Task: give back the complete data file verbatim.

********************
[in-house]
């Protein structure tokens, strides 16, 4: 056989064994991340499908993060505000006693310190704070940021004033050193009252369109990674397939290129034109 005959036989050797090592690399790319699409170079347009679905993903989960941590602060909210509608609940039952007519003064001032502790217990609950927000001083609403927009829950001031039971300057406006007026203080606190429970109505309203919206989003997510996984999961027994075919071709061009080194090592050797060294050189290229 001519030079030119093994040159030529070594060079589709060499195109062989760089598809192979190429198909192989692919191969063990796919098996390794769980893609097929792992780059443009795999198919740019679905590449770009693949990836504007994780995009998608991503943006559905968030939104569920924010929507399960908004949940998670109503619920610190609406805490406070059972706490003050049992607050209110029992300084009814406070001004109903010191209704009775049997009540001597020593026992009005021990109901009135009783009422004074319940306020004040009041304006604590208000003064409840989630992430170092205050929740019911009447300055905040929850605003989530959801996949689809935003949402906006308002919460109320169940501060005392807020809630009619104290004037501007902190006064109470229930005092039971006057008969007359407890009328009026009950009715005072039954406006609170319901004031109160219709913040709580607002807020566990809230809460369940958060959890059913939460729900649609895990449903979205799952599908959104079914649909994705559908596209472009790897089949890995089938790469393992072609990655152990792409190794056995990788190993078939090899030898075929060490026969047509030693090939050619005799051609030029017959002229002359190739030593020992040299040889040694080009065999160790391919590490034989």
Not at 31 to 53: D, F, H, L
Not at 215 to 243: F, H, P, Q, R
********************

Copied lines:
[in-house]
């Protein structure tokens, strides 16, 4: 056989064994991340499908993060505000006693310190704070940021004033050193009252369109990674397939290129034109 005959036989050797090592690399790319699409170079347009679905993903989960941590602060909210509608609940039952007519003064001032502790217990609950927000001083609403927009829950001031039971300057406006007026203080606190429970109505309203919206989003997510996984999961027994075919071709061009080194090592050797060294050189290229 001519030079030119093994040159030529070594060079589709060499195109062989760089598809192979190429198909192989692919191969063990796919098996390794769980893609097929792992780059443009795999198919740019679905590449770009693949990836504007994780995009998608991503943006559905968030939104569920924010929507399960908004949940998670109503619920610190609406805490406070059972706490003050049992607050209110029992300084009814406070001004109903010191209704009775049997009540001597020593026992009005021990109901009135009783009422004074319940306020004040009041304006604590208000003064409840989630992430170092205050929740019911009447300055905040929850605003989530959801996949689809935003949402906006308002919460109320169940501060005392807020809630009619104290004037501007902190006064109470229930005092039971006057008969007359407890009328009026009950009715005072039954406006609170319901004031109160219709913040709580607002807020566990809230809460369940958060959890059913939460729900649609895990449903979205799952599908959104079914649909994705559908596209472009790897089949890995089938790469393992072609990655152990792409190794056995990788190993078939090899030898075929060490026969047509030693090939050619005799051609030029017959002229002359190739030593020992040299040889040694080009065999160790391919590490034989």
Not at 31 to 53: D, F, H, L
Not at 215 to 243: F, H, P, Q, R